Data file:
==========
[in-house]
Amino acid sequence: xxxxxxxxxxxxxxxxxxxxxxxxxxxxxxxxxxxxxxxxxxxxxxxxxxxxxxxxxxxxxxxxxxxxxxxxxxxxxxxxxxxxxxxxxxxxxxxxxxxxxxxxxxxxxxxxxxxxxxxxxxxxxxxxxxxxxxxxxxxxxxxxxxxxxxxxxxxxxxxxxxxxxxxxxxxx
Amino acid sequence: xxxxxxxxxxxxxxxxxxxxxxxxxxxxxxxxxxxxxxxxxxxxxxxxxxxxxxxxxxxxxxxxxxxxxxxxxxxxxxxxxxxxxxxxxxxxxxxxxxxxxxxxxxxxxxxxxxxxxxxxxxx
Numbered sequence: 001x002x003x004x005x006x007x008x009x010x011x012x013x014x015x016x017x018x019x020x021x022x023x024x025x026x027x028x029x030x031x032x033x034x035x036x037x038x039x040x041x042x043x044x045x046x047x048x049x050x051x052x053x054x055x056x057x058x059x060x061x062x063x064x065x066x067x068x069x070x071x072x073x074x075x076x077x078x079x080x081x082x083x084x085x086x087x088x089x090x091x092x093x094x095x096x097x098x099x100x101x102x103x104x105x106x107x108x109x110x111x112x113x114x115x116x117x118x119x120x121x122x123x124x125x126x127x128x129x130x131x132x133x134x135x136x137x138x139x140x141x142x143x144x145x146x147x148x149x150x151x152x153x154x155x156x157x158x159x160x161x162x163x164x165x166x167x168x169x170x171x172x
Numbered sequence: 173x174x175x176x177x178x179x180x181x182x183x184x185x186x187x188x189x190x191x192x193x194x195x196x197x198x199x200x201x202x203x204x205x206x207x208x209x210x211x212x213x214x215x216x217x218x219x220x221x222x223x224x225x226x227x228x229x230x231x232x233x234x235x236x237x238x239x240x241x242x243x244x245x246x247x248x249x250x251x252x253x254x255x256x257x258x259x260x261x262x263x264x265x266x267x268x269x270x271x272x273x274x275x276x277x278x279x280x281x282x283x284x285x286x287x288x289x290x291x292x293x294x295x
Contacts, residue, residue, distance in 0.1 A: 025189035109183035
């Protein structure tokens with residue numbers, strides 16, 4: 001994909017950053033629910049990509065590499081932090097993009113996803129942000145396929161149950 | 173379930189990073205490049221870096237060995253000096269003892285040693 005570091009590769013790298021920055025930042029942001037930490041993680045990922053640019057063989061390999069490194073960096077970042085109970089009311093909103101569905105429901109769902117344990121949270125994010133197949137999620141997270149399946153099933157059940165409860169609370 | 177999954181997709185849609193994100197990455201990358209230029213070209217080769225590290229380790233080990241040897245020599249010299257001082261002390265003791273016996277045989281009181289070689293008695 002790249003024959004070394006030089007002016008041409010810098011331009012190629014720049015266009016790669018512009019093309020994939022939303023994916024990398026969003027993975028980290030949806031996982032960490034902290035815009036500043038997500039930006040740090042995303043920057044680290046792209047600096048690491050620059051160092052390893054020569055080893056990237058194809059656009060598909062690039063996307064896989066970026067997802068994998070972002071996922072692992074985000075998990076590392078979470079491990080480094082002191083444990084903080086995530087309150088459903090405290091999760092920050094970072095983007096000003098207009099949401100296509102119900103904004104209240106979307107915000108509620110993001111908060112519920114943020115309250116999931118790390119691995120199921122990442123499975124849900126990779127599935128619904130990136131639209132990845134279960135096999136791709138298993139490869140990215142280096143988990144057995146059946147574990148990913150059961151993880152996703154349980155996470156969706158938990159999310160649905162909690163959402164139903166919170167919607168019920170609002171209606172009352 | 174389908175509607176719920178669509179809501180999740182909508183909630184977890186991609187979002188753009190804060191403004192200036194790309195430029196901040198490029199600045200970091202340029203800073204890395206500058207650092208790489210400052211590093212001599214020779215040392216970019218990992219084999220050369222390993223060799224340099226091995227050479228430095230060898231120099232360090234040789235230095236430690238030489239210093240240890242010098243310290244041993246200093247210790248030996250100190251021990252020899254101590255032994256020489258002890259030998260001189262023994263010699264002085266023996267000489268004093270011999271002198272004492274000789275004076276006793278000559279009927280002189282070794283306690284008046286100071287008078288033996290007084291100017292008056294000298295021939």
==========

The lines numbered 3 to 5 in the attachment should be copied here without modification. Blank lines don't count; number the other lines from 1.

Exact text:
Amino acid sequence: xxxxxxxxxxxxxxxxxxxxxxxxxxxxxxxxxxxxxxxxxxxxxxxxxxxxxxxxxxxxxxxxxxxxxxxxxxxxxxxxxxxxxxxxxxxxxxxxxxxxxxxxxxxxxxxxxxxxxxxxxxx
Numbered sequence: 001x002x003x004x005x006x007x008x009x010x011x012x013x014x015x016x017x018x019x020x021x022x023x024x025x026x027x028x029x030x031x032x033x034x035x036x037x038x039x040x041x042x043x044x045x046x047x048x049x050x051x052x053x054x055x056x057x058x059x060x061x062x063x064x065x066x067x068x069x070x071x072x073x074x075x076x077x078x079x080x081x082x083x084x085x086x087x088x089x090x091x092x093x094x095x096x097x098x099x100x101x102x103x104x105x106x107x108x109x110x111x112x113x114x115x116x117x118x119x120x121x122x123x124x125x126x127x128x129x130x131x132x133x134x135x136x137x138x139x140x141x142x143x144x145x146x147x148x149x150x151x152x153x154x155x156x157x158x159x160x161x162x163x164x165x166x167x168x169x170x171x172x
Numbered sequence: 173x174x175x176x177x178x179x180x181x182x183x184x185x186x187x188x189x190x191x192x193x194x195x196x197x198x199x200x201x202x203x204x205x206x207x208x209x210x211x212x213x214x215x216x217x218x219x220x221x222x223x224x225x226x227x228x229x230x231x232x233x234x235x236x237x238x239x240x241x242x243x244x245x246x247x248x249x250x251x252x253x254x255x256x257x258x259x260x261x262x263x264x265x266x267x268x269x270x271x272x273x274x275x276x277x278x279x280x281x282x283x284x285x286x287x288x289x290x291x292x293x294x295x